Unsurprisingly, as a clinician, it kept my connection to patients far too clinical: even as a medical student I still remember feeling very much aware that at some point this was going to be a job, that patients were clients, and often thinking, I’m just here to get a job done. In many ways, my decision to become a doctor was almost too rational, too well-thought-out, and as a result I simply saw patient encounters as means to an end. So the commonalities I had with patients were seen as fodder for good rapport, never as grounds for identifying with them. That day, I did.
In that reflection I saw who I was four years ago. Not just hopeful, but naive. Not just fearful, but desperate. In the void that suddenly appeared after the crush of deadlines, high-stakes examinations, interviews, and applications dissipated, the reason I became a doctor (dare I say, any of us becomes a doctor) became abundantly clear: I am here to help a person in pain, in crisis, on a difficult path, looking for hope, or just asking for an explanation. A person who I was four years ago. A person who I may be four years from now. A person who I may be even tomorrow.
The lowest points of my time in medical school were always poisoned by thoughts of what am I really doing this for? Was it my parents, my community, or maybe even just my ego? My self-worth? In other times the question was just a “WHY,” which was honestly more just a sigh of despair that happened to sound like a question. But in that moment, when I saw some part of myself reflected in my patient, I realized I had never really understood that question, that “why.” This arduous journey that so many of us have shared is so incredibly personal that we often forget that adversity, obstacles, pain, and uncertainty are the essence of the job that we’ve chosen. Every patient we see is in the middle of their arduous journey, as we once were and might be again. But what’s also true, and what I also saw, is that the relief, the calm, the triumph, and the comfort that I feel now (at least, more often than I did in medical school) is what we can bring to patients.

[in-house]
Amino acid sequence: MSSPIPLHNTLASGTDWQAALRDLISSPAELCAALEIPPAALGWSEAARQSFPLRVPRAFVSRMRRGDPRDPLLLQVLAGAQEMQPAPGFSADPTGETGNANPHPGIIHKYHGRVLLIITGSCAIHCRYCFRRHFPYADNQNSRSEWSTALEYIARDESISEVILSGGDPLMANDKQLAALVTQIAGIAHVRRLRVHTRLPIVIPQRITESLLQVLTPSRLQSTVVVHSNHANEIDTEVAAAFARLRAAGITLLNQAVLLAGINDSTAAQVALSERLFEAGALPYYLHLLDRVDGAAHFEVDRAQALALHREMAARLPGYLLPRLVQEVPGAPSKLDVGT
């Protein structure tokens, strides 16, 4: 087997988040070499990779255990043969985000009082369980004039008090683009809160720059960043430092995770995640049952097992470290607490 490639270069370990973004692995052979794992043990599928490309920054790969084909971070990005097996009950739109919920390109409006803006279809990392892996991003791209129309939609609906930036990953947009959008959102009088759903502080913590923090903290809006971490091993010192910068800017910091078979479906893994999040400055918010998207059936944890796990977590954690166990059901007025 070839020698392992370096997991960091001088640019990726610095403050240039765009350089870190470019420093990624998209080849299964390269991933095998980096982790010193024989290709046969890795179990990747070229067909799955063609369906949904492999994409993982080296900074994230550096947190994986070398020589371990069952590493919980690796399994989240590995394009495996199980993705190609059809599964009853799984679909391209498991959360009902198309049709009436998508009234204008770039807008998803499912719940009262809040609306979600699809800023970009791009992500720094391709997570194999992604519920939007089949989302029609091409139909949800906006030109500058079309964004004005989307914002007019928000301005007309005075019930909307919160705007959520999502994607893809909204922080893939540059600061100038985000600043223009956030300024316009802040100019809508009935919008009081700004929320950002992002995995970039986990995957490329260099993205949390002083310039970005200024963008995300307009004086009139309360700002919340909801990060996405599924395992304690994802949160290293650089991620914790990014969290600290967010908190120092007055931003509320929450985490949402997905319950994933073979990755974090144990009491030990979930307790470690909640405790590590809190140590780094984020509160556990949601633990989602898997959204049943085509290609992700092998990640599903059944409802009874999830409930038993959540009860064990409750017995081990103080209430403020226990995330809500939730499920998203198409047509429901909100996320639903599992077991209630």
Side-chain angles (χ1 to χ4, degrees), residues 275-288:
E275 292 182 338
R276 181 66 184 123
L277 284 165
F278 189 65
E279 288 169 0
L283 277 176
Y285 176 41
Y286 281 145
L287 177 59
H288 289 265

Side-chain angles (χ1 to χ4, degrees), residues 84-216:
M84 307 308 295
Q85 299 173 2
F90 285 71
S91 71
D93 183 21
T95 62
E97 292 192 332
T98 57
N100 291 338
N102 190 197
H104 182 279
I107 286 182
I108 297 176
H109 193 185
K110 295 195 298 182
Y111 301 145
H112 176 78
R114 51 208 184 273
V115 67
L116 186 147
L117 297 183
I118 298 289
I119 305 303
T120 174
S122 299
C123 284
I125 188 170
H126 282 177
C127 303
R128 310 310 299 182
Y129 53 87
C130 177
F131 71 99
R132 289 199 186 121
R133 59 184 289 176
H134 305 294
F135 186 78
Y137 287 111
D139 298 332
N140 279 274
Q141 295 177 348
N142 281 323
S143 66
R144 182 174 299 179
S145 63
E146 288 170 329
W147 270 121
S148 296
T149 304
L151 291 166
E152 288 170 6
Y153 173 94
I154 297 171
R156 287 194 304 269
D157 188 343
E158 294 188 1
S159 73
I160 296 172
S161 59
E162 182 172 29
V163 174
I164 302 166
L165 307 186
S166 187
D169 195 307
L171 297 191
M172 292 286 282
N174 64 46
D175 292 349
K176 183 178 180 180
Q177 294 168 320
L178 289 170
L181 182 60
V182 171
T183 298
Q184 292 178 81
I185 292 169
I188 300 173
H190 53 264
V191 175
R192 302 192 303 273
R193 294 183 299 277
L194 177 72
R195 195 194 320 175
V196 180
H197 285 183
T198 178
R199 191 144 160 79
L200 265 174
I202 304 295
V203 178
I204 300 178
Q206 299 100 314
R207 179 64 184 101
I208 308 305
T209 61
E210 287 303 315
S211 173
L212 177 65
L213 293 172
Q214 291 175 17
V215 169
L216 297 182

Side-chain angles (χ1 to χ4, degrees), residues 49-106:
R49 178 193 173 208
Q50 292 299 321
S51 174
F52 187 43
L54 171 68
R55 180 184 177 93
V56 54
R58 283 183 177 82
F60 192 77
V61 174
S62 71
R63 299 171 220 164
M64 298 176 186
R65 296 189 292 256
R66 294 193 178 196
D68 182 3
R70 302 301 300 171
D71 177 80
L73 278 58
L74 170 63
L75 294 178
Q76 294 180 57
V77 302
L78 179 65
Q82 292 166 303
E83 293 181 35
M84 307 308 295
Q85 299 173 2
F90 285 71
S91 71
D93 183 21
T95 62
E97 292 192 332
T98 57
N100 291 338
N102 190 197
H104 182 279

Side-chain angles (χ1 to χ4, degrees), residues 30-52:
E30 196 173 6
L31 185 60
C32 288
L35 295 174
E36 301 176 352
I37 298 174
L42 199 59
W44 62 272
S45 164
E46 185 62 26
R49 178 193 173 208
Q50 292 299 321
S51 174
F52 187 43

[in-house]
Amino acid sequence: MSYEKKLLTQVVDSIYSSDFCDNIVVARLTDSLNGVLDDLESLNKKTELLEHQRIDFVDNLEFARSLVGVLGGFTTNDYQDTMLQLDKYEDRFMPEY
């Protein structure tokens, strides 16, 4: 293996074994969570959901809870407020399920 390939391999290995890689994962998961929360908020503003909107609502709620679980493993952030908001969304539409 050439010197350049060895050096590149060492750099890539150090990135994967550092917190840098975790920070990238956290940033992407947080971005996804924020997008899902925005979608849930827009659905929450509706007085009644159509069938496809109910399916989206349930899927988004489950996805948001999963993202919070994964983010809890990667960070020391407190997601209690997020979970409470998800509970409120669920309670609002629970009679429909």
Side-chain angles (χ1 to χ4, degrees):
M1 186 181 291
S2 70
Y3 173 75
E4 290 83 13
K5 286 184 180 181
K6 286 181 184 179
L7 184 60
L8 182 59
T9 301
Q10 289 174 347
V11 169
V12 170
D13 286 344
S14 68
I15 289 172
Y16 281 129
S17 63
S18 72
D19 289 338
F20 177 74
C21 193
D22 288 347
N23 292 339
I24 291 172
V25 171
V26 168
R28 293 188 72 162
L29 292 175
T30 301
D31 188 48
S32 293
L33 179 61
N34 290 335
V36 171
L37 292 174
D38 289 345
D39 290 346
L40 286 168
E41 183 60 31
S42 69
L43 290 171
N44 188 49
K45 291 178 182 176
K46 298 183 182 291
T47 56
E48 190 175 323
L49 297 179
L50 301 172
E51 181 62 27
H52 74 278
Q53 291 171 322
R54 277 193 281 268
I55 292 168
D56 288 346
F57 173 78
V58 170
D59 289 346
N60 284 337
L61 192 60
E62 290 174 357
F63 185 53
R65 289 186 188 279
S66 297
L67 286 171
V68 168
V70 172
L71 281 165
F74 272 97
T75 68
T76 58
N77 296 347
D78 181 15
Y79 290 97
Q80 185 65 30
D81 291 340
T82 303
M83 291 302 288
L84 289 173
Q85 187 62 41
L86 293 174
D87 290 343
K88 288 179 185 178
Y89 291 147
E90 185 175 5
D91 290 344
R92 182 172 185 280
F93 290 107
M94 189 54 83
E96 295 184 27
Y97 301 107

“How’ve you been, Doc?” It’s been a month since I saw him in those ill-fitting pajamas. His face is bright and a few good laughs punctuate our conversation. “I’m feelin’ good,” he continues. “Things are getting better. They ain’t perfect, nothing’s perfect, but they are getting better.” He has actually brought me a glazed donut and a cup of coffee, which is nice. We chat, I review his medications, he thanks me, and I get ready for my next patient. As he is leaving, I watch him joke with the staff. A smirk flashes across his face, then a laugh, which blooms into a full-blown smile.
I catch his eye. He sees me, I see him.
I see myself smiling right back.
Tim Hsu, MD is a big ball of yarn. He spends most of his time being batted around by his cat. In his free time he reads, plays video games, and occasionally gets some work done. You know, just a typical psychiatry resident. He is a 2020–2021 Doximity Op-Med Fellow. Dr. Hsu has no conflicts of interest to disclose.
Illustration by Jennifer Bogartz